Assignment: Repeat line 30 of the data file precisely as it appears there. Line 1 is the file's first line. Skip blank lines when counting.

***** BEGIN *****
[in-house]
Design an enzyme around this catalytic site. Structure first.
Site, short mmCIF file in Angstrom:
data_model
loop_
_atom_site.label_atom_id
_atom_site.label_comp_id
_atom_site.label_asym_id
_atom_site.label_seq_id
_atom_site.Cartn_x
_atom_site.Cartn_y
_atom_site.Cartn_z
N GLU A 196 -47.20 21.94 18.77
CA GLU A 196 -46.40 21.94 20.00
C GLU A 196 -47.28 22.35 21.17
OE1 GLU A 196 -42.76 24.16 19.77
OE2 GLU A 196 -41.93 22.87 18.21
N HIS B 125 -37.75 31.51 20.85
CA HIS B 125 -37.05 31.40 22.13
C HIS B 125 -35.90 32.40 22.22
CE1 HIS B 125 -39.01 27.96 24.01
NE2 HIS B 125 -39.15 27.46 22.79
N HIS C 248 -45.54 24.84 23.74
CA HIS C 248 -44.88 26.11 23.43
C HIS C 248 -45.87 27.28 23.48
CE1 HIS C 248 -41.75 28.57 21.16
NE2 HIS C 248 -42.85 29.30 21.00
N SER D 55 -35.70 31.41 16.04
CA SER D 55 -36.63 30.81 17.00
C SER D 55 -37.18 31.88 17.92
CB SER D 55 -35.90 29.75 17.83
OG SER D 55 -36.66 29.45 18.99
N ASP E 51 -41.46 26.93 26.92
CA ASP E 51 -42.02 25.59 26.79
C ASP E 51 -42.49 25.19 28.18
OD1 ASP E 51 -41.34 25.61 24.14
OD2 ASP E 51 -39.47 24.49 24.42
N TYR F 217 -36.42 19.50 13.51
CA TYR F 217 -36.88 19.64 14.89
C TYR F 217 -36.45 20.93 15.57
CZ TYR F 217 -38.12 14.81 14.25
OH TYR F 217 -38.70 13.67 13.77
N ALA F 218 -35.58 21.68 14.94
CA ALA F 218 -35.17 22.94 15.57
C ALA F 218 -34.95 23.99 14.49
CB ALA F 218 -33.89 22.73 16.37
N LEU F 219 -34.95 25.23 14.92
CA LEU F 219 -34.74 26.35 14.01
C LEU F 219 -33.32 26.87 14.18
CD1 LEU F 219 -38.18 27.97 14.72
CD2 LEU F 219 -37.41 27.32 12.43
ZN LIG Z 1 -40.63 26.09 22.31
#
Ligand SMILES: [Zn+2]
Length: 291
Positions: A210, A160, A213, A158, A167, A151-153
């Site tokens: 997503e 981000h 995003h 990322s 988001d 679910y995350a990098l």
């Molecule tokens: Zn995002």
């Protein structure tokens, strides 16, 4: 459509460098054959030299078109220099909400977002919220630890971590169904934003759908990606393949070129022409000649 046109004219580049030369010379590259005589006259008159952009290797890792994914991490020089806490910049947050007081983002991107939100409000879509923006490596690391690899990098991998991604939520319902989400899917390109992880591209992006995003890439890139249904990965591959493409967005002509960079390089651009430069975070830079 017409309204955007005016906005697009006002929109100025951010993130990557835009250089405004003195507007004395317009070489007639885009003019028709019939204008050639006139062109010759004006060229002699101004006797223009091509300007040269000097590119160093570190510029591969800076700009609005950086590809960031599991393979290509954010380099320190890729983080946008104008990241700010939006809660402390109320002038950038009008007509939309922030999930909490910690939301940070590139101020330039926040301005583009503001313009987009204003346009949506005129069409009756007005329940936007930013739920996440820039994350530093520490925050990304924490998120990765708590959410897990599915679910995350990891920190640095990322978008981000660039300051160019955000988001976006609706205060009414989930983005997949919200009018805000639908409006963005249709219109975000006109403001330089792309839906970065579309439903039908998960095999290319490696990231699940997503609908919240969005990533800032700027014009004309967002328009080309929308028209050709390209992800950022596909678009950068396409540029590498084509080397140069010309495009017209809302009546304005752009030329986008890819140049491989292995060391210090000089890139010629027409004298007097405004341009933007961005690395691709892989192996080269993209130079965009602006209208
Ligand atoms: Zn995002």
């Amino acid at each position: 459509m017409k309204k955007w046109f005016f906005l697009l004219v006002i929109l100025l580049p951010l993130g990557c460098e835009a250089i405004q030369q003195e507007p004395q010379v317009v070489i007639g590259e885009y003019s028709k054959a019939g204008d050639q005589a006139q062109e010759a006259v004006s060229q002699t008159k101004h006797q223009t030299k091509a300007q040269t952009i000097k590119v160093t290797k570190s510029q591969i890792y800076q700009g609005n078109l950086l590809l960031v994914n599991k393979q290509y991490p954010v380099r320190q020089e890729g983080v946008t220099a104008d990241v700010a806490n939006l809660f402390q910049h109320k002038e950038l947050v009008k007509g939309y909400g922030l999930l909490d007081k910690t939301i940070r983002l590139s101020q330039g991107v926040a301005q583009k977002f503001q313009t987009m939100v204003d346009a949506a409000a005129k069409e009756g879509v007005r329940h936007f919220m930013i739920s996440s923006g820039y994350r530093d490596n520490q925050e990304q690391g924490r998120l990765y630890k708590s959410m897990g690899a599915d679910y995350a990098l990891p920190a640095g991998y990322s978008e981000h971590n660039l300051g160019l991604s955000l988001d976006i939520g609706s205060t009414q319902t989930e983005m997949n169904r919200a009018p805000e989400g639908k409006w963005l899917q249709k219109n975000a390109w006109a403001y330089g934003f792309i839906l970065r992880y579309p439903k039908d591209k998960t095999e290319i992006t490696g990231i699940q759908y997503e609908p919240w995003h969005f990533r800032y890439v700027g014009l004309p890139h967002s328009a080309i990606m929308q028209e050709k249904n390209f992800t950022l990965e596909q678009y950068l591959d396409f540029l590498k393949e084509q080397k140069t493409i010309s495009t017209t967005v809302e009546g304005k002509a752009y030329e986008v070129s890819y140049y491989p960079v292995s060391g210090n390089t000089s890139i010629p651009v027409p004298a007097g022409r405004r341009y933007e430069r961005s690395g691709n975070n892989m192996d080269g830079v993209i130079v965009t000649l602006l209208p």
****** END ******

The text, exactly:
C SER D 55 -37.18 31.88 17.92